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I need to know this differences in order to undestand how to use them right.

Which are the differences of DFD and Activity diagram?

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Hint: don't use Data Flow Diagrams - they're antiquated. – John Saunders Sep 3 '10 at 4:25
So is C and yet it still has its uses. I wouldn't be so quick to dismiss something just because it's old. Otherwise my wife would have left me years ago :-) – paxdiablo Sep 3 '10 at 4:36
Nothing wrong with DFD's, they work where UML fails. Especially when modelling Threads of execution where data is passed around. – WeNeedAnswers Jul 31 '13 at 9:19
up vote 19 down vote accepted

Actually, it's reasonably logical. You only have to look at the names.

In data flow diagrams, the lines between "boxes" represent data that flows between components of a system. Because these only show the flow of data, they do not give an indication of sequencing.

In activity diagrams, those lines are simply transitions between activities and do not represent data flow at all. They more represent the sequencing of activities and decisions. You can tell from these what order things happen in.

That's a simplistic explanation but should be a good starting point. Further information can be garnered from Wikipedia for DFDs and activity diagrams.

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activity diagrams may also show object flow. – John Saunders Sep 3 '10 at 4:25
@John, I've never seen them used that way. The lines have always represented control flow rather than data flow. In fact we were taught originally they they were just flowcharts with concurrency :-) Of course I could be wrong in this, it wouldn't be the first time but I would think that the only way to do it would be to still treat it an a control-flow diagram but have certain objects flow with the control. – paxdiablo Sep 3 '10 at 4:35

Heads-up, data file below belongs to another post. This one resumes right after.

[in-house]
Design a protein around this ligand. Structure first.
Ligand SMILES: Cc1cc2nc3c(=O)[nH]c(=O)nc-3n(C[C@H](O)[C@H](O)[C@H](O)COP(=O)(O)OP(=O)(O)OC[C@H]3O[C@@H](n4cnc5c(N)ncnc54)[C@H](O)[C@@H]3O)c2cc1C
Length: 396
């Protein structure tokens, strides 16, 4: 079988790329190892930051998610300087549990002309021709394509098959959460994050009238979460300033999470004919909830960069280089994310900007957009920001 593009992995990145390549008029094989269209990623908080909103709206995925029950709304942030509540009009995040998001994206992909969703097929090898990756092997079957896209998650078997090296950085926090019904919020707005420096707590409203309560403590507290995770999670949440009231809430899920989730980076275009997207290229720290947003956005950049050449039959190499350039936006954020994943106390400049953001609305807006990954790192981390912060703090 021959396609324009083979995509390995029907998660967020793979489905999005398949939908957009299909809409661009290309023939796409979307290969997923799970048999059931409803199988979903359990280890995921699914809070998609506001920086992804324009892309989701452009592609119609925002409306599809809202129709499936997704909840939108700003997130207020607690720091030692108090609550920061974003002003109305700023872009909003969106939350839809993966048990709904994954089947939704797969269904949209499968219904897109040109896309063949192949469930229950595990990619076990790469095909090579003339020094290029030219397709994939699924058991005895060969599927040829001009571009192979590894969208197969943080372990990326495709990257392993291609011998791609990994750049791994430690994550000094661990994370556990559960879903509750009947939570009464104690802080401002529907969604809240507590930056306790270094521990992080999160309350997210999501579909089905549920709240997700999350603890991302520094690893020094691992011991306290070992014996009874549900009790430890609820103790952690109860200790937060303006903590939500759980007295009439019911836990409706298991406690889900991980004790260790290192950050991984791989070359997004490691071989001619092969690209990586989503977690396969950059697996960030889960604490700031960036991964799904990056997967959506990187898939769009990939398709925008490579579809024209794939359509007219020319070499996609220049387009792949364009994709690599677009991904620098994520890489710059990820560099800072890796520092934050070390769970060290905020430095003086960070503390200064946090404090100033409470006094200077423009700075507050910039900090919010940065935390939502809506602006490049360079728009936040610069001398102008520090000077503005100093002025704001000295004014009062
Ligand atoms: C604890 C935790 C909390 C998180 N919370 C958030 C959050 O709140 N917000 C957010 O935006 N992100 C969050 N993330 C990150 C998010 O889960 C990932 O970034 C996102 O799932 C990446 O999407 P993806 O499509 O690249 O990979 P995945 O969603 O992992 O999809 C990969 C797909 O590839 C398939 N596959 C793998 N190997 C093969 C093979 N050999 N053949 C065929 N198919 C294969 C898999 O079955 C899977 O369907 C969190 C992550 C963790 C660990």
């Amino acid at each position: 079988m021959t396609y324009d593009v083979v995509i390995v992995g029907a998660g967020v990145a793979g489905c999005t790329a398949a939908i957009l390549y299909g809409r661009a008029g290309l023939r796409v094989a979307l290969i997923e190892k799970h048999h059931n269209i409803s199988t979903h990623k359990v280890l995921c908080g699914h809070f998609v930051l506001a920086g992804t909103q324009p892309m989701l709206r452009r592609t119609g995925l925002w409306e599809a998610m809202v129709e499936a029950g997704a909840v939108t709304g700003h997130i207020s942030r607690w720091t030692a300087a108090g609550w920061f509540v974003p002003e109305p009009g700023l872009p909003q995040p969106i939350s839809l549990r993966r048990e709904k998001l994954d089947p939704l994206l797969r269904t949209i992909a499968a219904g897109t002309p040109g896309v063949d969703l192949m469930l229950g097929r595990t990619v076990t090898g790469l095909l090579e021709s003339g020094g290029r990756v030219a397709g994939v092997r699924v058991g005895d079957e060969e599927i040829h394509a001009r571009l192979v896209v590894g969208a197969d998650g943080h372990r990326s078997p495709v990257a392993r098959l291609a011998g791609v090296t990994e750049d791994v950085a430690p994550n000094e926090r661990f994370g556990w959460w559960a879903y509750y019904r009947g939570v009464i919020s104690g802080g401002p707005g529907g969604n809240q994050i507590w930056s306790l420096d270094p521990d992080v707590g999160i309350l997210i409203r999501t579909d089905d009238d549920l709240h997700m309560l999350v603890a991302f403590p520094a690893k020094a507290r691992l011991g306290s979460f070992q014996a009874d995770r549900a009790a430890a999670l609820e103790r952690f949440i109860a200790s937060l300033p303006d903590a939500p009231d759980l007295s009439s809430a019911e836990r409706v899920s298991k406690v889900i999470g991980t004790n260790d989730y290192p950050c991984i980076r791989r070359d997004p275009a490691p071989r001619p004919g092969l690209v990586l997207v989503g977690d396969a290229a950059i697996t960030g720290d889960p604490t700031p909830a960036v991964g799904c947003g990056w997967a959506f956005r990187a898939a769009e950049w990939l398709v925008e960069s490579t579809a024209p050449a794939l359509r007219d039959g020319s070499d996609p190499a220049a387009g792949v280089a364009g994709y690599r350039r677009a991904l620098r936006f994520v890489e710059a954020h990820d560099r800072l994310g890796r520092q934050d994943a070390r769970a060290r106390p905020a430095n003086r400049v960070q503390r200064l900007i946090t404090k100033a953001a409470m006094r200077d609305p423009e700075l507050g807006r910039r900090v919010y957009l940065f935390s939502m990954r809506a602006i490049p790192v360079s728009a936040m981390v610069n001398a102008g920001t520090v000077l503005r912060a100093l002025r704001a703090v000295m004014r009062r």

@paxdiablo: Activity diagrams might include object flow with object flow edge: uml-diagrams.org/activity-diagrams.html#object-flow-edge – Jakub Narębski Dec 9 '12 at 22:27

Explicit bias: I'm a DFDs proponent.

@John is correct that Activity diagrams can be used to represent object flow. @pax equally correct they seldom are.

Two big DFD advantages for me:

  1. Link to object model. Data stores on a DFD provide a really nice way to link the data produced / consumed to the object model. Very useful for consistency and ensuring your thinking is joined up.

  2. They de-emphasise control flow. Far too often designs over-constrain sequencing. Activity diagrams do support concurrency - but it requires the user to (a) remember and (b) use it. So the default is over-serialisation. DFDs don't. They lay bare the real sequence dependencies without any extra effort on the part of the user. Consequently they also make it easier to see causal relationships. If processes a and b both require data input D then it's obvious on the diagram. And hence parallel activity is obvious.

Don't get me wrong - I'm not against Activity diags. Where control flow is the primary consideration I'll use an AD over a DFD. But empirically I'd say I find DFDs a more useful tool in ~70-80% of cases.

Of course, YMMV.

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Could you please tell me, as a proponent of DFDs. Do DFDs solely relate to structural programming and activity diagrams object oriented programming? I commonly see it expressed that way on the pipes and was taught SSADM vs the UML and never the 'twain shall meet. Is that true? Must it be? – dsjbirch Mar 30 '12 at 19:41
@Dsjbirch: no, there's nothing that inherently ties DFDs to procedural programs - or ADs to OO. OMT and Shlaer-Mellor - OO methods that pre-dated UML - use DFDs to express processing. ADs are really an evolution of flow charts and there's nothing OO about them. The separation between e.g. SSADM and UML is more in the ideals of their proponents. There are some differences but both are founded on a similar set of modelling constructs. You should use whatever works for you and if that means picking aspects of different techniques that's perfectly ok. Hth. – sfinnie Mar 31 '12 at 12:20

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